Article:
long after the event, can not bear to hear
of this tragedy, tho it was another man's
calamity, what an adamant was he to look
on these things, and contemplate them, not
as another's, but his own afflictions! He did
not give way to dejection, nor ask, "What
does this mean? Is this the recompense for
my kindness? Was it for this that I opened
my house, that I might see it made the grave
of my children? Did I for this exhibit every
parental virtue, that they should endure such
a death?" No such things did he speak, or
even think ; but steadily bore all, tho bereaved
of them after bestowing on them so much
care. For as an accomplished statuary fra-
ming golden images adorns them with great
care, so he sought properly to mold and adorn
their souls. And as a husbandman as-
siduously waters his palm-trees, or olives, in-
closing them and cultivating them in every
suitable way; so he perpetually sought to en-
rich each one's soul, as a fruitful olive, with
increasing virtue. But he saw the trees over-
thrown by the assault of the evil spirit, and
exposed on the earth, and enduring that mis-



erable kind of death; yet he uttered no re-
viling word, but rather blest God, thus
giving a deadly blow to the devil.

Should you say that Job had many sons,
but that others have frequently lost their
only sons, and that his cause of sorrow was
not equal to theirs, you say well ; but I reply,
that Job 's cause of sorrow was not only equal,
but far greater. For of what advantage was
it to him that he had many children ? It was
a severer calamity and a more bitter grief
to receive the w^ound in many bodies.

Still, if you wish to see another holy man
having an only son, and showing the same
and even greater fortitude, call to mind the
patriarch Abraham, who did not indeed see
Isaac die, but, what was much more painful,
was himself commanded to slay him, and did
not question the command, nor repine at it,
nor say, ^'Is it for this thou hast made me
a father, that thou shouldest make me the
slayer of my son ? Better it would have been
not to give him at all, than having given him
thus to take him away. And if thou choosest
to take him, why dost thou command me to
slay him and to pollute my right hand?
Didst thou not promise me that from this
son thou woulclst fill the earth with my
descendants? How wilt thou give the fruits,
then, if thou pluck up the root? How dost
thou promise me a posterity, and yet order
me to slay my son? Who ever saw such



things, or heard of the like? I am deceived;
I have been deluded." No such thing did
he say, or even think ; he said nothing against
the command, he did not ask the reasons ; but
hearing the Word — "Take thy son, thine
only son whom thou lovest, and carry him
up to one of the mountains which I shall
show thee," he complied so readily as even
to do more than was commanded. For he
concealed the matter from his wife, and he
left the servants at the foot of the Mount in
ignorance of what was to be done, and as-
cended, taking only the victim. Thus not
unwillingly, but with promptness, he obeyed
the command. Think now what it was, to
be conversing alone with his son, apart from
all others, w^hen the affections are the more
fervently excited, and attachment becomes
stronger; and this not for one. or two, but
for several days. To obey the command
speedily would have been wonderful; but
not so wonderful as, w^hile his heart w^as
burdened and agitated for many days, to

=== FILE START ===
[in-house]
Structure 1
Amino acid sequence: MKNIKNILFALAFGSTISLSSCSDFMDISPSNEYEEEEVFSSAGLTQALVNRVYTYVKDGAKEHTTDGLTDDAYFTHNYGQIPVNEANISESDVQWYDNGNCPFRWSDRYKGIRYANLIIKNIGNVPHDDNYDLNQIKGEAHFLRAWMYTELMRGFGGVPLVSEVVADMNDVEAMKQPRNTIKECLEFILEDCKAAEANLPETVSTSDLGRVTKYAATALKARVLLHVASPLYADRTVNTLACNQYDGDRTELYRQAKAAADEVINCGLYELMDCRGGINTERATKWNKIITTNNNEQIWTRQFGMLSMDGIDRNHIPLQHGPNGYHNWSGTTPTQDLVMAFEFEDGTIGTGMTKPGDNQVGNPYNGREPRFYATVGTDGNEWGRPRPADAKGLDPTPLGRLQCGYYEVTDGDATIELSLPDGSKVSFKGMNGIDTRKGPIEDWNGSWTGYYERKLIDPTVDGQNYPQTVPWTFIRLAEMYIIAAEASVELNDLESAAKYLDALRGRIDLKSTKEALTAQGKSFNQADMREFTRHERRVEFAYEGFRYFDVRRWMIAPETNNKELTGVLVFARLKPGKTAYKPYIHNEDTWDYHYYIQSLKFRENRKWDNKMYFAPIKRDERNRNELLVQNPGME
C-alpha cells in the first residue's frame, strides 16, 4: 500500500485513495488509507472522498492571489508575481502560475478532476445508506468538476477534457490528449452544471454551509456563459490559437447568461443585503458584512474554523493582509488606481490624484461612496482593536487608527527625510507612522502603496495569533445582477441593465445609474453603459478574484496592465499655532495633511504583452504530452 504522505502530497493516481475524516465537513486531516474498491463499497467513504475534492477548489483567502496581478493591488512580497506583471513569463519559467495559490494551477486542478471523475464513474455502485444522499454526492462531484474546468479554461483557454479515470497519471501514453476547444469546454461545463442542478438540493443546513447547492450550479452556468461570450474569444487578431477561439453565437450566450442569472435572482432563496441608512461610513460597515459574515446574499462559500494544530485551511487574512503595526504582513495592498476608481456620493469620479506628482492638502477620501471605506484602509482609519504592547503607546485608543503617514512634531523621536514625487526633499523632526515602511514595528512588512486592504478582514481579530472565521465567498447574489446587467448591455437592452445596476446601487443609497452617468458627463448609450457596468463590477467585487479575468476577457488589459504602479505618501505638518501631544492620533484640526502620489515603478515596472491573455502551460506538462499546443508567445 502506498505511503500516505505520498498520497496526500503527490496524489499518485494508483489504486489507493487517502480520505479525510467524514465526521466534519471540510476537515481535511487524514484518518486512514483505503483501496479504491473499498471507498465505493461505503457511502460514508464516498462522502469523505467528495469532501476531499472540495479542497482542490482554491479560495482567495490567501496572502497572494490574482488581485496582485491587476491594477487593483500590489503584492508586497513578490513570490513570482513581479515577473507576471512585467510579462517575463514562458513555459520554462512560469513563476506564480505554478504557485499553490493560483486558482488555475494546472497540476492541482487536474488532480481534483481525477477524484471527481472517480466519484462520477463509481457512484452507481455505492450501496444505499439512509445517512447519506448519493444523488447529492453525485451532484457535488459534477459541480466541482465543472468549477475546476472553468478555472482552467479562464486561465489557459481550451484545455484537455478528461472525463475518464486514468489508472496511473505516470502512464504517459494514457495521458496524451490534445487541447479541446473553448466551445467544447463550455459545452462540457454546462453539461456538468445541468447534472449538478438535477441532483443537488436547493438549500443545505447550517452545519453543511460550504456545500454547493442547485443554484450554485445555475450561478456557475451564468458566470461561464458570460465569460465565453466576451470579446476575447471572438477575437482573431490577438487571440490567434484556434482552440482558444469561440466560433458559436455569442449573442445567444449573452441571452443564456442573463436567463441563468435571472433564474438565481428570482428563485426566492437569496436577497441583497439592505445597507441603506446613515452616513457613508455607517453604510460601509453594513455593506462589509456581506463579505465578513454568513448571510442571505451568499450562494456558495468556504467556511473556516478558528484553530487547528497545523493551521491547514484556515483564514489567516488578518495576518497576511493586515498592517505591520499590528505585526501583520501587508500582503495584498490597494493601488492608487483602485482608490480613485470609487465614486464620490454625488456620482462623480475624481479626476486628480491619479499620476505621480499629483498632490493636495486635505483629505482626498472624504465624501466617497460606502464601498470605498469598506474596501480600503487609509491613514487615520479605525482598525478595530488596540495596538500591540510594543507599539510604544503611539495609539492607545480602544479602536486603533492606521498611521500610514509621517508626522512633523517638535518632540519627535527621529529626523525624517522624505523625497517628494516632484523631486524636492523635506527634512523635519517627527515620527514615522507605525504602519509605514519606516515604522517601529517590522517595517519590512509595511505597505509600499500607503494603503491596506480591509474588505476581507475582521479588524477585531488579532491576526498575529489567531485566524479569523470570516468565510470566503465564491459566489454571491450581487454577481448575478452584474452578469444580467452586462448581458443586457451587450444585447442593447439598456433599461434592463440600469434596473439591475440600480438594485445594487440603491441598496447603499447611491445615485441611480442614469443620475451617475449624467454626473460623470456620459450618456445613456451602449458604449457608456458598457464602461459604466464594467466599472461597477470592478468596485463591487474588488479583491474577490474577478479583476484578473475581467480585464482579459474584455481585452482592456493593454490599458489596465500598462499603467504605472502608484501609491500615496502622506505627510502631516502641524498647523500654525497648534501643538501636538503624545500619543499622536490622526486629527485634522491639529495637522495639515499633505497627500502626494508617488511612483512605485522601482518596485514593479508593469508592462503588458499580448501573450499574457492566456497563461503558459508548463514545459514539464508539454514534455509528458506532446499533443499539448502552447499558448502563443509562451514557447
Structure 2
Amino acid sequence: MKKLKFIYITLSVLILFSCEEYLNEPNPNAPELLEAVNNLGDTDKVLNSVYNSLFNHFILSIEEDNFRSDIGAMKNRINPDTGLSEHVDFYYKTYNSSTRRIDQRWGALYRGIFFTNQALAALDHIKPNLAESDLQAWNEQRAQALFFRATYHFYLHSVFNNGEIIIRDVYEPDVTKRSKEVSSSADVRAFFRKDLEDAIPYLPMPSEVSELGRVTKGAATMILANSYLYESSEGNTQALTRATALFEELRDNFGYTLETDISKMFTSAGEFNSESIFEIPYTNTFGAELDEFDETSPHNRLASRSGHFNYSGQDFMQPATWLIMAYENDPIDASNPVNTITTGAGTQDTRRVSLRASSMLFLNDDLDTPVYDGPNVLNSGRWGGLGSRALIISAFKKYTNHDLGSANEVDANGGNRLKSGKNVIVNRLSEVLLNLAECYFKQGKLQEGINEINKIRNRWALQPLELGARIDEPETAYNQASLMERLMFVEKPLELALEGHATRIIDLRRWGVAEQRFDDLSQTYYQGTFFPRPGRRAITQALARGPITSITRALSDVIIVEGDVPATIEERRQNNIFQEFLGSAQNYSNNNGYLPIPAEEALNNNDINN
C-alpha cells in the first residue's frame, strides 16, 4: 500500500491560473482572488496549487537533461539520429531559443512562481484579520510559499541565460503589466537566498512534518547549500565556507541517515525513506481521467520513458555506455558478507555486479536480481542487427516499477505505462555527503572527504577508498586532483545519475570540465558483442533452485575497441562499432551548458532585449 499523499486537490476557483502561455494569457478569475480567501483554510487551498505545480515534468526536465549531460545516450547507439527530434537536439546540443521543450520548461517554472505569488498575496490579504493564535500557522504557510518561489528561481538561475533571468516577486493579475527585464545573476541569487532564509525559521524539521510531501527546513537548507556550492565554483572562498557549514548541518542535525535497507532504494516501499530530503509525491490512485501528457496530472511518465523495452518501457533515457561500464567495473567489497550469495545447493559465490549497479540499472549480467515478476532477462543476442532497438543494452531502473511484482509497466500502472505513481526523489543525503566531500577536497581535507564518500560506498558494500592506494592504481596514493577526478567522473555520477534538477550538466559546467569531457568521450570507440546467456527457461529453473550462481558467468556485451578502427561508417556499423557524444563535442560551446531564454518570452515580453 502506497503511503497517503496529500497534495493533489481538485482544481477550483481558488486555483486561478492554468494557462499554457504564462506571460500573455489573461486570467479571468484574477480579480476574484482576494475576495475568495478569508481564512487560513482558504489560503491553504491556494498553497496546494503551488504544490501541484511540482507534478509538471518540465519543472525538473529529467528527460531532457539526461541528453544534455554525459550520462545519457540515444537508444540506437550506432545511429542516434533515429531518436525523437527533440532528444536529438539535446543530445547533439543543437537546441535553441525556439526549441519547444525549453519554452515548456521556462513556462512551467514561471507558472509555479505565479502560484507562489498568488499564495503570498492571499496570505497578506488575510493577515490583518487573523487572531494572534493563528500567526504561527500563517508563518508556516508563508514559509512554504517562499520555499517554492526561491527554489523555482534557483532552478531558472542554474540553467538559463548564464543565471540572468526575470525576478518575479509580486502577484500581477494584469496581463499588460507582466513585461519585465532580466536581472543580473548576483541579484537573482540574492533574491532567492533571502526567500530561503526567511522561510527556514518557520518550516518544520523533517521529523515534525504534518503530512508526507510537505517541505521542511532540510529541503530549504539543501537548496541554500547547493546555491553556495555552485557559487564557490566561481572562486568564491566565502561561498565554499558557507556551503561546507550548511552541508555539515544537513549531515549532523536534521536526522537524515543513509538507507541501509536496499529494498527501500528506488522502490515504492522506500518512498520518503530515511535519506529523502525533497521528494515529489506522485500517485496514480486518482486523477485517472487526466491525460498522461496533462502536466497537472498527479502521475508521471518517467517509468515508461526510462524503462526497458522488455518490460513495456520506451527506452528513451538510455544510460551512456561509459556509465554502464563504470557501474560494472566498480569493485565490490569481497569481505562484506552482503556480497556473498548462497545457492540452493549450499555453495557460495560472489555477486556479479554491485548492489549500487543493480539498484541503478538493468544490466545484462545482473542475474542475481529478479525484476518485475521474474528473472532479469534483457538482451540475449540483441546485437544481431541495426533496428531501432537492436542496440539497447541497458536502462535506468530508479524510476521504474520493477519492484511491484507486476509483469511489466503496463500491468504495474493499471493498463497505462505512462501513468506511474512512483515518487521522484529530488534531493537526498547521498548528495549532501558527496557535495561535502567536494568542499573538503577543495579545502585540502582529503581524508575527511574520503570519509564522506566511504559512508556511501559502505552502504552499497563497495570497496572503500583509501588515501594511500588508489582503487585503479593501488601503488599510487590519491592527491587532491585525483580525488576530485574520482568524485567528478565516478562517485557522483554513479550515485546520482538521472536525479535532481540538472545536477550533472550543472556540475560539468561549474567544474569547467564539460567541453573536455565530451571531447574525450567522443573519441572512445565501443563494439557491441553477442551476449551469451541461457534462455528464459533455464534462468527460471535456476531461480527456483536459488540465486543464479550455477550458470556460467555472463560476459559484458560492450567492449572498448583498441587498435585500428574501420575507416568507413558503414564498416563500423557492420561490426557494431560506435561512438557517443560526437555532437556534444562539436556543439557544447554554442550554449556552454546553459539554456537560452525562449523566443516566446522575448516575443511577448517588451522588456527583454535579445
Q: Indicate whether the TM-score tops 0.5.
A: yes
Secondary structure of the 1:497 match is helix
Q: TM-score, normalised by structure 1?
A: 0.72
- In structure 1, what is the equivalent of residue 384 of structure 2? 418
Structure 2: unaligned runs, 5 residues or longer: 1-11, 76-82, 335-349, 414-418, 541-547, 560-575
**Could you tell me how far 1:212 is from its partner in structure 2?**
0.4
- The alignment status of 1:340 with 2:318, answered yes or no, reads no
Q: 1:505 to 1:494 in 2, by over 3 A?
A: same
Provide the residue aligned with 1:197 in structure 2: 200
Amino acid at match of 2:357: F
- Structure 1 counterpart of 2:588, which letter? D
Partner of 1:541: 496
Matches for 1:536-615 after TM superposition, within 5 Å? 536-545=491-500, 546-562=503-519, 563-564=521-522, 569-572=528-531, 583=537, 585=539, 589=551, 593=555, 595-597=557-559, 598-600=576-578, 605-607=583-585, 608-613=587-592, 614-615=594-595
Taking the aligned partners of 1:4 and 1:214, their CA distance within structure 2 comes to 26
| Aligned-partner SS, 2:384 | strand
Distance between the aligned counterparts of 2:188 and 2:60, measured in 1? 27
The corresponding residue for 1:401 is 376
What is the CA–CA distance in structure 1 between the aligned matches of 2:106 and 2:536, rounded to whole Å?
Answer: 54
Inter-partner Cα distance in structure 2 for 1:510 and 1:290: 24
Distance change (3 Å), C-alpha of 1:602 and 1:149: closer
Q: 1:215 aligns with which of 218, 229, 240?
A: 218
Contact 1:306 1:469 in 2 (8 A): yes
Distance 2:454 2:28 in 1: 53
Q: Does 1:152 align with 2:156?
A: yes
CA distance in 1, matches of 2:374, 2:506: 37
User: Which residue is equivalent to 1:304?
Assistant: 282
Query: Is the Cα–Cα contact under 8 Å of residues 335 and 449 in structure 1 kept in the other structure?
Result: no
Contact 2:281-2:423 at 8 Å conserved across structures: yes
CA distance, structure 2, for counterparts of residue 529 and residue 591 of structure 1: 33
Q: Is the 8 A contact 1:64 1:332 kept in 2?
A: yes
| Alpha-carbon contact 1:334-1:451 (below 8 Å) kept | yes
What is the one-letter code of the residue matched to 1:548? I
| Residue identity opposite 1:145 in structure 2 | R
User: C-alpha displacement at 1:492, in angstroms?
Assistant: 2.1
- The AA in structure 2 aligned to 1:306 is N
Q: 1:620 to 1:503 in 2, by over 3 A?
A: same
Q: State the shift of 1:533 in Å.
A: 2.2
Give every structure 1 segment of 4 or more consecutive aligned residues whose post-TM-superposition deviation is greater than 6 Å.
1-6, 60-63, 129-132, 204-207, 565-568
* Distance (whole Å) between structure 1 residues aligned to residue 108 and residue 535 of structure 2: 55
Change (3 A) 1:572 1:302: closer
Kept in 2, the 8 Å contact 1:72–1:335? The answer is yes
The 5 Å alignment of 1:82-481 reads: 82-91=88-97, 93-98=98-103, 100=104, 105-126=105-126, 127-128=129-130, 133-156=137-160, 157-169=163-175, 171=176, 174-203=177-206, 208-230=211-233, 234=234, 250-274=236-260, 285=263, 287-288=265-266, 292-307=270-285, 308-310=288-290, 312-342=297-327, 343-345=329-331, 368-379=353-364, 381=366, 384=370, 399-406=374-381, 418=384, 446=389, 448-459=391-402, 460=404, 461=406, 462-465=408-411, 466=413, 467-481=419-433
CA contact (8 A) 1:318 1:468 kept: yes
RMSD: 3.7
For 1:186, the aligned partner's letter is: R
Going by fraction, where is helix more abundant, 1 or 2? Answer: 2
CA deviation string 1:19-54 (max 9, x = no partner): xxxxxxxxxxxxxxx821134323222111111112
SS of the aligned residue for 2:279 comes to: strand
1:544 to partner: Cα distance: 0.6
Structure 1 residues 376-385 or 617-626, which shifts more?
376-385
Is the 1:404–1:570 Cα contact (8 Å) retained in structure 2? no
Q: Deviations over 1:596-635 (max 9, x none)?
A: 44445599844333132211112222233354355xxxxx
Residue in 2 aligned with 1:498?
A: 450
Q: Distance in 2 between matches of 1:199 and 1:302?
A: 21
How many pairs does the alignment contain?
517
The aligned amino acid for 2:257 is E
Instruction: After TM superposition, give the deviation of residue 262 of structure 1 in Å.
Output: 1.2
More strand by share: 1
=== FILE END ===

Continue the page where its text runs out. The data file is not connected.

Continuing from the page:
avoid indulging in human tenderness toward
his son. On this account God appointed for
him a more extended arena, and a longer race-
course, that thou mightest the more carefully
observe his combatant. A combatant he was
indeed, contending not against a man, but
against the force of nature. W^hat language
can describe his fortitude? He brought for-
ward his son, bound him, placed him on the



wood, seized the sacrificial knife, was just
on the point of dealing the stroke. In
what manner to express myself properly, I
know not; he only would know, who did
these things. For no language can describe
how it happened that his hand did not be-
come torpid, that the strength of his nerves
did not relax, that the affecting sight of his
son did not overpower him.

It is proper here, too, to admire Isaac. For
as the one obeyed God, so did the other
obey his father; and as the one, at God's
bidding him to sacrifice, did not demand an
account of the matter, so the other, when his
father was binding him and leading him to
the altar, did not say, ''Why art thou doing
this?" — but surrendered himself to his
father's hand. And then was to be seen a
man uniting in his own person the father and
the sacrificing priest; and a sacrifice offered
without blood, a whole burnt offering without
fire, an altar representing a type of death and
the resurrection. For he both sacrificed his
son and he did not sacrifice him. He did not
sacrifice him with his hand, but in his pur-
pose. For God gave the command, not
through desire to see the flowing of the
blood, but to give you a specimen of steady
purpose, to make known throughout the world
this worthy man, and to instruct all in
coming time that it is necessary to prefer
the command of God before children and



nature, before all things, and even life it-
self. And so Abraham descended from the
Mount, bringing alive the martyr Isaac. How
can we be pardoned then, tell me, or what
apology can we have, if we see that noble
man obeying God with so much prompt-
ness and submitting to Him in all things,
and yet we murmur at His dispensations?
Tell me not of grief, nor of the intol-
erable nature of your calamity; rather con-
sider how in the midst of bitter sorrow you
may yet rise superior to it. That w^hich
was commanded to Abraham was enough to
stagger his reason, to throw him into per-
plexity, and to undermine his faith in the
past. For who would not have then thought
that the promise which had been made him of
a numerous posterity was all a deception?
But not so Abraham. And not less ought we